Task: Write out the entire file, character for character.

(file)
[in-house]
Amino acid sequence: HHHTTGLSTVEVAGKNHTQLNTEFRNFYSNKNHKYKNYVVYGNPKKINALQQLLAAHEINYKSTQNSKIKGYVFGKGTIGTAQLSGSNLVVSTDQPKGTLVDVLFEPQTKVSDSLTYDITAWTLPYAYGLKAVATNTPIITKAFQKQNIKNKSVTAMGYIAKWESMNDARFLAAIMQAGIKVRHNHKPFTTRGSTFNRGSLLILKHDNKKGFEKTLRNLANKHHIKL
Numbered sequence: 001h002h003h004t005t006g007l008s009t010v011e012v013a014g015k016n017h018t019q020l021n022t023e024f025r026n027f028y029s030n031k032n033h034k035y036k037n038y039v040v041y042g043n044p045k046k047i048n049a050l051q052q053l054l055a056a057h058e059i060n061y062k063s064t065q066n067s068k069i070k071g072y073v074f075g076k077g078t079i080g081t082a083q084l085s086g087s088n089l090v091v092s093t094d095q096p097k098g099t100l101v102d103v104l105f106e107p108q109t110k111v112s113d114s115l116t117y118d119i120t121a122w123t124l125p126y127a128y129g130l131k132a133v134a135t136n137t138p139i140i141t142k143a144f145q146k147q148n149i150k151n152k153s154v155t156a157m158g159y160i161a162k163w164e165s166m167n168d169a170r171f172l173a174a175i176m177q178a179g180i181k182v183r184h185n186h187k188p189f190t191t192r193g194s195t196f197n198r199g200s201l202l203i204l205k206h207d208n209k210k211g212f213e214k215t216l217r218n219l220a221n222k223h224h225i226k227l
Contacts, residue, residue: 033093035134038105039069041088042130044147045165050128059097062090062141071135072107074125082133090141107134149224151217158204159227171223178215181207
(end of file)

[in-house]
Amino acid sequence: HHHTTGLSTVEVAGKNHTQLNTEFRNFYSNKNHKYKNYVVYGNPKKINALQQLLAAHEINYKSTQNSKIKGYVFGKGTIGTAQLSGSNLVVSTDQPKGTLVDVLFEPQTKVSDSLTYDITAWTLPYAYGLKAVATNTPIITKAFQKQNIKNKSVTAMGYIAKWESMNDARFLAAIMQAGIKVRHNHKPFTTRGSTFNRGSLLILKHDNKKGFEKTLRNLANKHHIKL
Numbered sequence: 001h002h003h004t005t006g007l008s009t010v011e012v013a014g015k016n017h018t019q020l021n022t023e024f025r026n027f028y029s030n031k032n033h034k035y036k037n038y039v040v041y042g043n044p045k046k047i048n049a050l051q052q053l054l055a056a057h058e059i060n061y062k063s064t065q066n067s068k069i070k071g072y073v074f075g076k077g078t079i080g081t082a083q084l085s086g087s088n089l090v091v092s093t094d095q096p097k098g099t100l101v102d103v104l105f106e107p108q109t110k111v112s113d114s115l116t117y118d119i120t121a122w123t124l125p126y127a128y129g130l131k132a133v134a135t136n137t138p139i140i141t142k143a144f145q146k147q148n149i150k151n152k153s154v155t156a157m158g159y160i161a162k163w164e165s166m167n168d169a170r171f172l173a174a175i176m177q178a179g180i181k182v183r184h185n186h187k188p189f190t191t192r193g194s195t196f197n198r199g200s201l202l203i204l205k206h207d208n209k210k211g212f213e214k215t216l217r218n219l220a221n222k223h224h225i226k227l
Contacts, residue, residue: 033093035134038105039069041088042130044147045165050128059097062090062141071135072107074125082133090141107134149224151217158204159227171223178215181207